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to think ask your views on this

(71 Posts)
farandawaysheran Sat 08-Dec-12 14:24:32

I work for an international education provider, it was our end of term dinner last night.

We had a discussion about the fact we'd chosen a veggie restaurant to accommodate a colleague's religious beliefs. He said that he was sick of feeling marginalised because of them and we had a chat about how the world was changing and becoming tolerant.

I literally went to the loo and came back to another colleague in tears as she had mentioned looking forward to her brother's same sex wedding ceremony over the Xmas break and the same guy had told her that her brother was unclean and unnatural.

I would like a few views on this as I am shocked at the hypocrisy but other colleagues have said leave it as he is deeply religious and totally entitled to hold this view.

squeakytoy Sat 08-Dec-12 14:27:23

He is entitled to hold his views, but bloody rude and insensitive to voice them when he knows it is likely to cause offence.

Witchety Sat 08-Dec-12 14:30:47

Homophobic person hiding behind his religious beliefs

Witchety Sat 08-Dec-12 14:31:25

And he is in teaching??

SugaricePlumFairy Sat 08-Dec-12 14:33:32

He can have those views but he should have kept them to himself without the need to say them out loud and offend someone else.

What an arse!

quoteunquote Sat 08-Dec-12 14:42:57

What a vile man, nasty and mean.

Let your employers know that that it is time for stonewall to come in and do one of their courses with the staff It needs to be done before anymore damage is done.

accommodate a colleague's religious beliefs

I would be very careful in the future about what you accommodate, as by doing so you are approving these sick ideas, If a religion condemns people for something that is perfectly natural and a part of themselves, by accommodating that religion you are approving that action.

Pancakeflipper Sat 08-Dec-12 14:43:06

Agrees and nods with Witchety..

wannabedomesticgoddess Sat 08-Dec-12 14:43:31

So he feels marginalised and that gives him carte blanche to be a prick to everyone else.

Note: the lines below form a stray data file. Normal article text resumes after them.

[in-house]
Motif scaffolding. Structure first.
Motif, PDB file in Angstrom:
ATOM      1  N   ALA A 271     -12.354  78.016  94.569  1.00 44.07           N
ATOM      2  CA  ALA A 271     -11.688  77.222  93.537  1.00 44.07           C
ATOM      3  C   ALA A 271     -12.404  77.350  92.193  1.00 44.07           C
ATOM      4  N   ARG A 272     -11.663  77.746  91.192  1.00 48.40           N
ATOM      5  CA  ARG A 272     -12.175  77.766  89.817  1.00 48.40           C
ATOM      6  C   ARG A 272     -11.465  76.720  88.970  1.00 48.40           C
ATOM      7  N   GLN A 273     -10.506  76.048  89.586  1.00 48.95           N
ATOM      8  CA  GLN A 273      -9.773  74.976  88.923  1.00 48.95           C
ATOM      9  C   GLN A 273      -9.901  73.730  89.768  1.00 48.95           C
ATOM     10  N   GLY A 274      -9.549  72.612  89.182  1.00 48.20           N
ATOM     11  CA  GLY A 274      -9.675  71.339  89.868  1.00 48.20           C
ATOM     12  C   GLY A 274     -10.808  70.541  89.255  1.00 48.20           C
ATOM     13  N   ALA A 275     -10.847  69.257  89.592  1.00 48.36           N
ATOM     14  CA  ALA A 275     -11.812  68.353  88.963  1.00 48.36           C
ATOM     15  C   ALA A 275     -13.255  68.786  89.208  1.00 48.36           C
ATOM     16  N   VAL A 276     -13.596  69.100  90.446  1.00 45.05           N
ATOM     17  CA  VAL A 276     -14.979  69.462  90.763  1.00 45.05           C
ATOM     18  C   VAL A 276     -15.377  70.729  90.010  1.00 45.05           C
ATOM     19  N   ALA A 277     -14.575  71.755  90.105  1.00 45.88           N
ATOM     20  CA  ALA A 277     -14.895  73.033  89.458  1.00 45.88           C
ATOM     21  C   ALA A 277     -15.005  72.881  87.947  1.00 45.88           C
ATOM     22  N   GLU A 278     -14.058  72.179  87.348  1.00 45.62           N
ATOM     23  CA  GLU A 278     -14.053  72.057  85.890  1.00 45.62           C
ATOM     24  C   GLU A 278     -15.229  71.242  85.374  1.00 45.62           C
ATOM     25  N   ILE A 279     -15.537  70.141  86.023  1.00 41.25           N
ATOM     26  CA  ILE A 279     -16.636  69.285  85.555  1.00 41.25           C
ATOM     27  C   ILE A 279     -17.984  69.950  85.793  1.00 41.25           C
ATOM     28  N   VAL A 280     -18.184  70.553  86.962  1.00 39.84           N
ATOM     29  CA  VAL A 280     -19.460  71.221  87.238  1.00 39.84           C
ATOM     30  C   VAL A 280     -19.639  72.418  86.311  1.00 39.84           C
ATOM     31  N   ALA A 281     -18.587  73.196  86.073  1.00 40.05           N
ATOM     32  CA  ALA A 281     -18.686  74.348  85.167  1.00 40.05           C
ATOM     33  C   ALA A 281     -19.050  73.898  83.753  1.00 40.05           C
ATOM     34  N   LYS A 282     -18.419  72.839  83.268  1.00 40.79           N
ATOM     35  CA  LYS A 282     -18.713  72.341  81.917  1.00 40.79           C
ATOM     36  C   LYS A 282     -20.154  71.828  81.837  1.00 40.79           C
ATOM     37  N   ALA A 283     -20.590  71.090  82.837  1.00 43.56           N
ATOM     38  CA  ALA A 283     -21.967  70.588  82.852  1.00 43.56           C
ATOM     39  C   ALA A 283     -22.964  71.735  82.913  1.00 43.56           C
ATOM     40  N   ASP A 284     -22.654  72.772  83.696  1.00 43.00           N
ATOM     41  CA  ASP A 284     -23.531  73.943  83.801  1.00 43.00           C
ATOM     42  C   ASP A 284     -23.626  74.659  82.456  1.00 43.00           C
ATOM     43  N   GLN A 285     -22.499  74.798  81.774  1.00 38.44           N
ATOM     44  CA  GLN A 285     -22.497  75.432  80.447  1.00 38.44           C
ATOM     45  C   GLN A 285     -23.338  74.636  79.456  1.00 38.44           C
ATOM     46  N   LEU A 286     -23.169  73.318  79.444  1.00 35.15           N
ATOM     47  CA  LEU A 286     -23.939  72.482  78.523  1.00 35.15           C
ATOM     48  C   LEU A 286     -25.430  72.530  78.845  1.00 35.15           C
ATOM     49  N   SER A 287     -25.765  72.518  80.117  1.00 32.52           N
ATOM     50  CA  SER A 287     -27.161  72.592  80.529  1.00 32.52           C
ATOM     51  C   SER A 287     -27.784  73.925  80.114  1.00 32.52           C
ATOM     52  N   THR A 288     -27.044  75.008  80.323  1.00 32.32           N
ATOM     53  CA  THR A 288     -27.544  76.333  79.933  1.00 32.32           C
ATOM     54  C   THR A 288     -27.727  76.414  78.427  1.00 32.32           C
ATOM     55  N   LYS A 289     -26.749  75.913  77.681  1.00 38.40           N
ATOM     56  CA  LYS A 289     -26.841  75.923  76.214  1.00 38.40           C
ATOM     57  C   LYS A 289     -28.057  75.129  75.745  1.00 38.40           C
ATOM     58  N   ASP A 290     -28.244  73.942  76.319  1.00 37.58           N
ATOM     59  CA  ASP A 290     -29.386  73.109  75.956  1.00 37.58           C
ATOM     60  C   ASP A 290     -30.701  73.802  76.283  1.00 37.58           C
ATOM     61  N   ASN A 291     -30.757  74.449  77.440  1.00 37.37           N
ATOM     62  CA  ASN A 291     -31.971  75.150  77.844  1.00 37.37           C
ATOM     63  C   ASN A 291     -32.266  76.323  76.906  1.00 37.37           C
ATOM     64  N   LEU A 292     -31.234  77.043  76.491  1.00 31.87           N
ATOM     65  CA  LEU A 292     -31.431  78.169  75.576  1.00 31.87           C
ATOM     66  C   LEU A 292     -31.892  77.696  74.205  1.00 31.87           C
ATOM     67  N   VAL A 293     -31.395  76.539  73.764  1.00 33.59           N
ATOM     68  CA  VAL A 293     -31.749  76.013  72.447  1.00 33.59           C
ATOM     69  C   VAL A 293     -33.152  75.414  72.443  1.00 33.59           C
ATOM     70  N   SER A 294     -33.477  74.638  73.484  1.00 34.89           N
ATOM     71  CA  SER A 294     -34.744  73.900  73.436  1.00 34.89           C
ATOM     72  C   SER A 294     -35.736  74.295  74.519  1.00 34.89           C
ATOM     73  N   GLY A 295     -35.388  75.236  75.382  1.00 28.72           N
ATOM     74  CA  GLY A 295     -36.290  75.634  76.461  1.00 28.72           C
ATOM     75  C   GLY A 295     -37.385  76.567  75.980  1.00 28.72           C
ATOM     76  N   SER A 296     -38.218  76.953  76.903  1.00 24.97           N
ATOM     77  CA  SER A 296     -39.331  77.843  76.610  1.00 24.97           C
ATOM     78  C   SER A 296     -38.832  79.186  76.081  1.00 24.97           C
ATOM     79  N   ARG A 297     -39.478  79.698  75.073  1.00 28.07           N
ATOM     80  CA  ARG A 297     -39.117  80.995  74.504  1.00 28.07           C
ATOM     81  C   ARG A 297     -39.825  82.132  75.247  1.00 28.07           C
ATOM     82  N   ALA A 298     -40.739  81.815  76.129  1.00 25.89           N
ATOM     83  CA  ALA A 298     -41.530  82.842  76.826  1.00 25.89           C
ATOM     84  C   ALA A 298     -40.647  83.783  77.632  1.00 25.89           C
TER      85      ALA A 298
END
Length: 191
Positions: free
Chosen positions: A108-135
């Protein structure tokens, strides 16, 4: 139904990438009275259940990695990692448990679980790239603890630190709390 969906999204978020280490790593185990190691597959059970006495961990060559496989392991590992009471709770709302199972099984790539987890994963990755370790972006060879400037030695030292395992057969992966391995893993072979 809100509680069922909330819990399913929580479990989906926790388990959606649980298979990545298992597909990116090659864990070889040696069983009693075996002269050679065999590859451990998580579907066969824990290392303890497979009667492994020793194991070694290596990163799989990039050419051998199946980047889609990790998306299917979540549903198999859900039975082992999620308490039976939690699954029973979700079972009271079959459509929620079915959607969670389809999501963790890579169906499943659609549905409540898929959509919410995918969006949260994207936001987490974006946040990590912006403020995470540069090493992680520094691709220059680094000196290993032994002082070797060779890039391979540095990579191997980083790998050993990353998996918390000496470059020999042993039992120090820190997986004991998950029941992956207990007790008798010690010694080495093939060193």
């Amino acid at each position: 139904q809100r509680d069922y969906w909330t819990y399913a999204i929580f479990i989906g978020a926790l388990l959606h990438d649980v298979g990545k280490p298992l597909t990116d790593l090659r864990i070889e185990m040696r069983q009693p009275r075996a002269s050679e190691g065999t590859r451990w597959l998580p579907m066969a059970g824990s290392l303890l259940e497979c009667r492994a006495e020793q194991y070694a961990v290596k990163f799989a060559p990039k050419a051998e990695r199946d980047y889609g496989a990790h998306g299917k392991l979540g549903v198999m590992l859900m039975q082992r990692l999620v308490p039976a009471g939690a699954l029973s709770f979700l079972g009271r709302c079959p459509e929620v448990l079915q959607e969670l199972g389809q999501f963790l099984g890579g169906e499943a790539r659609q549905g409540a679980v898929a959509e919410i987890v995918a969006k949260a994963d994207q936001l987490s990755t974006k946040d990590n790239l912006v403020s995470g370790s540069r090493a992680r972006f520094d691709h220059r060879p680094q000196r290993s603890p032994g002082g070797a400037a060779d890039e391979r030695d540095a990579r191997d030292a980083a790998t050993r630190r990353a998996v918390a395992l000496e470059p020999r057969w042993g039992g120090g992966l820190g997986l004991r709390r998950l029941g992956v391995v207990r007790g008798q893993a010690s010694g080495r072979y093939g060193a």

farandawaysheran Sat 08-Dec-12 14:46:16

Not directly, he is admin staff. He was vocal beforehand that teaching staff excluded him and that the meal was too Xmas focussed. Sorry if that sounds drip feeding. I was just shocked that the utter irony passed him by!

Corygal Sat 08-Dec-12 14:48:05

What a charmer. A nice day of training 'n' biscuits in the New Year beckons.

He also complained about being marginalised for being veggie? You don't say.

KenLeeeeeeeInnaSantaHat Sat 08-Dec-12 14:50:26

Just to clarify - was the vegetarian colleague the same one who made the comments about gay marriage?

IneedAsockamnesty Sat 08-Dec-12 14:50:34

In the uk people hold these views ( IMHO idiots) but if they express them in a way that causes distress to another person it's a crime.

Homophobia is not ok no matter why you are homophobic.

And if he wants people to accommodate his differences he should also hold his tongue about others.

WorraLorraTurkey Sat 08-Dec-12 14:53:48

He's an arse

But she was actually in tears because he aired his bigoted views?

Had she drank a lot by then or is she especially sensitive?

WorraLorraTurkey Sat 08-Dec-12 14:55:55

And what restaurant doesn't have a veggie alternative anyway?

I wouldn't have given up my turkey dinner for him...not at an Xmas work do.

FolkElf Sat 08-Dec-12 14:56:28

Mm not sure I understand.

Was the rude man also the veggie?

Who is the "them" who are being accommodated?

Why was he complaining that the Christmas meal was too 'Xmas focussed'?

I'm not surprised that the teaching staff are excluding him. When you work with children from all backgrounds and of any sexual orientation you tend to take a pretty dim view of people like this.

farandawaysheran Sat 08-Dec-12 14:56:52

Yes it was. He's not a veggie but it was easier than finding meat that he could eat.

Thanks for the great suggestions and comments all!